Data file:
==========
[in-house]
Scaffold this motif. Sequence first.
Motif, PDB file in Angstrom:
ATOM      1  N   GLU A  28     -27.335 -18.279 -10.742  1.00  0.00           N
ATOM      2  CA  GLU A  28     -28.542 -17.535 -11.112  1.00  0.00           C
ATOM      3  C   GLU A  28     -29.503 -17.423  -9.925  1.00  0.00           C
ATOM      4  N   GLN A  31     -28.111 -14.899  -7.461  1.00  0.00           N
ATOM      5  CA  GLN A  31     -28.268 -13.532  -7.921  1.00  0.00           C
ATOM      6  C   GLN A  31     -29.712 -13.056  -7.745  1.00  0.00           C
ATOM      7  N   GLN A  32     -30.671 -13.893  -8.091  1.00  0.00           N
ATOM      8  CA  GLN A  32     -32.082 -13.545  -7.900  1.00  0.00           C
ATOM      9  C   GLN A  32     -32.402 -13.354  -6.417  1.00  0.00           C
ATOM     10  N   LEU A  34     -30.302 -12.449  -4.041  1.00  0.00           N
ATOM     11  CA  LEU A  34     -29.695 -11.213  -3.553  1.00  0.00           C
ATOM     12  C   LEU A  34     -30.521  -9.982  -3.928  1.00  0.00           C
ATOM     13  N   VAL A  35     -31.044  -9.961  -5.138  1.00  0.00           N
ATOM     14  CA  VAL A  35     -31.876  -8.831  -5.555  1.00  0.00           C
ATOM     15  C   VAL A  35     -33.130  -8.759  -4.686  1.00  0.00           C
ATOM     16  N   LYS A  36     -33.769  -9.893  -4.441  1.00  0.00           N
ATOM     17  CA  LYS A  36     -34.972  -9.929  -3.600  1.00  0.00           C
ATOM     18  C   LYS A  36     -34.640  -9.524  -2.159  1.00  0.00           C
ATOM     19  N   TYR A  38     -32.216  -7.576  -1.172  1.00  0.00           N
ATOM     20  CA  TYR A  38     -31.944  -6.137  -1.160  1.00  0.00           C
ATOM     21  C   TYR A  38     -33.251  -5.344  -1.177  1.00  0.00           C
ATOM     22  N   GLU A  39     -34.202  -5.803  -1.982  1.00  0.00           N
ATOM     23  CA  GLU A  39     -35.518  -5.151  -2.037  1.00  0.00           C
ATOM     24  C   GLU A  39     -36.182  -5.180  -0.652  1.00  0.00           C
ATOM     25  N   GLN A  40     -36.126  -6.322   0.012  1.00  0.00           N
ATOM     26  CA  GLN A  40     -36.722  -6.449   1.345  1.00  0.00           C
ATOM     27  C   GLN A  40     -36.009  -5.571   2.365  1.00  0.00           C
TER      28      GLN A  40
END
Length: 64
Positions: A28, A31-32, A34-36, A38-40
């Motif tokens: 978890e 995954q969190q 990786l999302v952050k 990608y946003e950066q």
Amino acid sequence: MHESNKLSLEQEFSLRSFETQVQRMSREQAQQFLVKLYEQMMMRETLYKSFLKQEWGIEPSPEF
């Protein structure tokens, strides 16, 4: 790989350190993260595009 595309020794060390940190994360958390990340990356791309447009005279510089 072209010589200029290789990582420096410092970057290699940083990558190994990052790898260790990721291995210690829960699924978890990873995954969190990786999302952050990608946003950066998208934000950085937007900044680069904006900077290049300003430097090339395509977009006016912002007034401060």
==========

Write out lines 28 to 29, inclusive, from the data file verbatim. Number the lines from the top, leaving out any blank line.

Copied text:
ATOM     25  N   GLN A  40     -36.126  -6.322   0.012  1.00  0.00           N
ATOM     26  CA  GLN A  40     -36.722  -6.449   1.345  1.00  0.00           C